In November 2012, in connection with our efforts to dispose of non-strategic assets and to reduce our exposure to low-specification drilling units, we completed the sale of 38 drilling units to Shelf Drilling Holdings, Ltd. (together with its affiliates, “Shelf Drilling”).  See Note 7—Discontinued Operations.
 
 
Note 2—Significant Accounting Policies
 
 
Basis of presentation—We have prepared our accompanying unaudited condensed consolidated financial statements in accordance with accounting principles generally accepted in the U.S. for interim financial information and with the instructions to Form 10-Q and Article 10 of Regulation S-X of the U.S. Securities and Exchange Commission (“SEC”).  Pursuant to such rules and regulations, these financial statements do not include all disclosures required by accounting principles generally accepted in the U.S. for complete financial statements.  The condensed consolidated financial statements reflect all adjustments, which are, in the opinion of management, necessary for a fair presentation of financial position, results of operations and cash flows for the interim periods.  Such adjustments are considered to be of a normal recurring nature unless otherwise noted.  Operating results for the three months ended March 31, 2013 are not necessarily indicative of the results that may be expected for the year ending December 31, 2013 or for any future period.  The accompanying condensed consolidated financial statements and notes thereto should be read in conjunction with the audited consolidated financial statements and notes thereto as of December 31, 2012 and 2011 and for each of the three years in the period ended December 31, 2012 included in our annual report on Form 10-K filed on March 1, 2013.
 
 
Accounting estimates—To prepare financial statements in accordance with accounting principles generally accepted in the U.S., we are required to make estimates and assumptions that affect the reported amounts of assets, liabilities, revenues and expenses and the disclosures of contingent assets and liabilities.  On an ongoing basis, we evaluate our estimates and assumptions, including those related to our discontinued operations, allowance for doubtful accounts, materials and supplies obsolescence, property and equipment, investments, notes receivable, goodwill, income taxes, contingencies, share-based compensation, defined benefit pension plans and other postretirement benefits.  We base our estimates and assumptions on historical experience and on various other factors we believe are reasonable under the circumstances, the results of which form the basis for making judgments about the carrying amounts of assets and liabilities that are not readily apparent from other sources.  Actual results could differ from such estimates.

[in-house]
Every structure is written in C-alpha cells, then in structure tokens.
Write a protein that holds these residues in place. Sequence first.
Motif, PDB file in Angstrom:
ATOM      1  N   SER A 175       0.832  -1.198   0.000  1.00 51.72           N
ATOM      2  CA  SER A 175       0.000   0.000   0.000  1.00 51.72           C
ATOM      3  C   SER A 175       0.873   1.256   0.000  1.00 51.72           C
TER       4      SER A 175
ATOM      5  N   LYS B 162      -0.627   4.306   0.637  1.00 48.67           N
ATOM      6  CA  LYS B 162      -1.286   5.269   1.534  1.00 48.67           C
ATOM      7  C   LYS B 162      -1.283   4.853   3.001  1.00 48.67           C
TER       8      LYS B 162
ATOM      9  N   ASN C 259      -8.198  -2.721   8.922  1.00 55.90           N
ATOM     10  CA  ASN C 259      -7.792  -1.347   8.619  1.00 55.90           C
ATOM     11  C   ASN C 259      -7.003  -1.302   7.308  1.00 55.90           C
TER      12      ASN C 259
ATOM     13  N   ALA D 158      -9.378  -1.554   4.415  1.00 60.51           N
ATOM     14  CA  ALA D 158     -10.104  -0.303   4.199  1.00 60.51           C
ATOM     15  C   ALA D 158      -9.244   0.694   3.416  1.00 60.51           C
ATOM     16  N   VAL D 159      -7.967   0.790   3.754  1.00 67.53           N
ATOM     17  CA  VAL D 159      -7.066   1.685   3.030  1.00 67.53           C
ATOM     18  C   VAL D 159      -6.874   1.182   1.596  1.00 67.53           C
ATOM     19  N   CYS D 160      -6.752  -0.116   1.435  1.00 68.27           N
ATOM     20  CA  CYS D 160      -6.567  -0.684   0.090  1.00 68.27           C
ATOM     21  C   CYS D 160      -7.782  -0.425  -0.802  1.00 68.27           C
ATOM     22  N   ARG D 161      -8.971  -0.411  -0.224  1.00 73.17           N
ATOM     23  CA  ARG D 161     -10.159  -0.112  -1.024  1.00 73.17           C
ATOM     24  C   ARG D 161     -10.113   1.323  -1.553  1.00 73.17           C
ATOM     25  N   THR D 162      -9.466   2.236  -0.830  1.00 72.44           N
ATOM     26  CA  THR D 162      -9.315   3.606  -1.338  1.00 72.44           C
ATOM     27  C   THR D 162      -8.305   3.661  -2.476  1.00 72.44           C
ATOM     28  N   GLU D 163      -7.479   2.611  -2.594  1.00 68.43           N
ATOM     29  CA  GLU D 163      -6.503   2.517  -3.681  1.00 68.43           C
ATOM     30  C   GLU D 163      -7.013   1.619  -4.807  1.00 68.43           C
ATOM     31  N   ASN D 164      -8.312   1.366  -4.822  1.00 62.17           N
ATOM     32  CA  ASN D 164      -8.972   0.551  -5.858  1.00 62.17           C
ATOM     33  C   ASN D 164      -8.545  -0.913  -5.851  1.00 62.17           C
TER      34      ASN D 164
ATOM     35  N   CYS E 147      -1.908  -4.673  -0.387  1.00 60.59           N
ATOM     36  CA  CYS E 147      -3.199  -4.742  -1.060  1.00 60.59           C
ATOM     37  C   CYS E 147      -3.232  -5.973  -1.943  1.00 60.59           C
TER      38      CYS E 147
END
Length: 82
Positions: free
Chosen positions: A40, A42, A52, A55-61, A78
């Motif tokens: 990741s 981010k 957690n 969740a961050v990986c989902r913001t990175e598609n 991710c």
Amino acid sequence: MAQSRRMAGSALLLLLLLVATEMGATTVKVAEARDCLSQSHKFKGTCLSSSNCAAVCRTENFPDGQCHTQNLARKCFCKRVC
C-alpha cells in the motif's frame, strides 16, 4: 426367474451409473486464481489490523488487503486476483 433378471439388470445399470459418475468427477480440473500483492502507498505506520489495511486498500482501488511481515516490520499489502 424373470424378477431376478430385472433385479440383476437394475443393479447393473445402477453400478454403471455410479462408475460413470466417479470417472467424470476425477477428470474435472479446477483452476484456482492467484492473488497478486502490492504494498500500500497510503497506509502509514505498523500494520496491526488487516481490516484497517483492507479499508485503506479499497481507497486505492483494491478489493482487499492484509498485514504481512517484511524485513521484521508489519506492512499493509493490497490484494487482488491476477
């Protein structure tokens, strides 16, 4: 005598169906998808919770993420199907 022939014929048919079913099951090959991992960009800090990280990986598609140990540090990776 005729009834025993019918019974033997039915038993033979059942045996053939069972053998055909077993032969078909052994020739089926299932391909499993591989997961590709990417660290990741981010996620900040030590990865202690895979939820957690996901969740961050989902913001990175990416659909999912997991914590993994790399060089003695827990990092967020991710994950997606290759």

Fair value measurements—We estimate fair value at a price that would be received to sell an asset or paid to transfer a liability in an orderly transaction between market participants in the principal market for the asset or liability.  Our valuation techniques require inputs that we categorize using a three-level hierarchy, from highest to lowest level of observable inputs, as follows: (1) significant observable inputs, including unadjusted quoted prices for identical assets or liabilities in active markets (“Level 1”), (2) significant other observable inputs, including direct or indirect market data for similar assets or liabilities in active markets or identical assets or liabilities in less active markets (“Level 2”) and (3) significant unobservable inputs, including those that require considerable judgment for which there is little or no market data (“Level 3”).  When multiple input levels are required for a valuation, we categorize the entire fair value measurement according to the lowest level of input that is significant to the measurement even though we may have also utilized significant inputs that are more readily observable.
 
Consolidation—We consolidate entities in which we have a majority voting interest and entities that meet the criteria for variable interest entities for which we are deemed to be the primary beneficiary for accounting purposes.  We eliminate intercompany transactions and accounts in consolidation.  We apply the equity method of accounting for an investment in an entity if we have the ability to exercise significant influence over the entity that (a) does not meet the variable interest entity criteria or (b) meets the variable interest entity criteria, but for which we are not deemed to be the primary beneficiary.  We apply the cost method of accounting for an investment in an entity if we
do not have the ability to exercise significant influence over the unconsolidated entity.  See Note 4—Variable Interest Entities.
 
 
 
- 6 -

 
TRANSOCEAN LTD. AND SUBSIDIARIES
NOTES TO CONDENSED CONSOLIDATED FINANCIAL STATEMENTS—continued
 (Unaudited)

    
     Share-based compensation—In the three months ended March 31, 2013 and 2012, we recognized share-based compensation expense of $21 million and $23 million, respectively.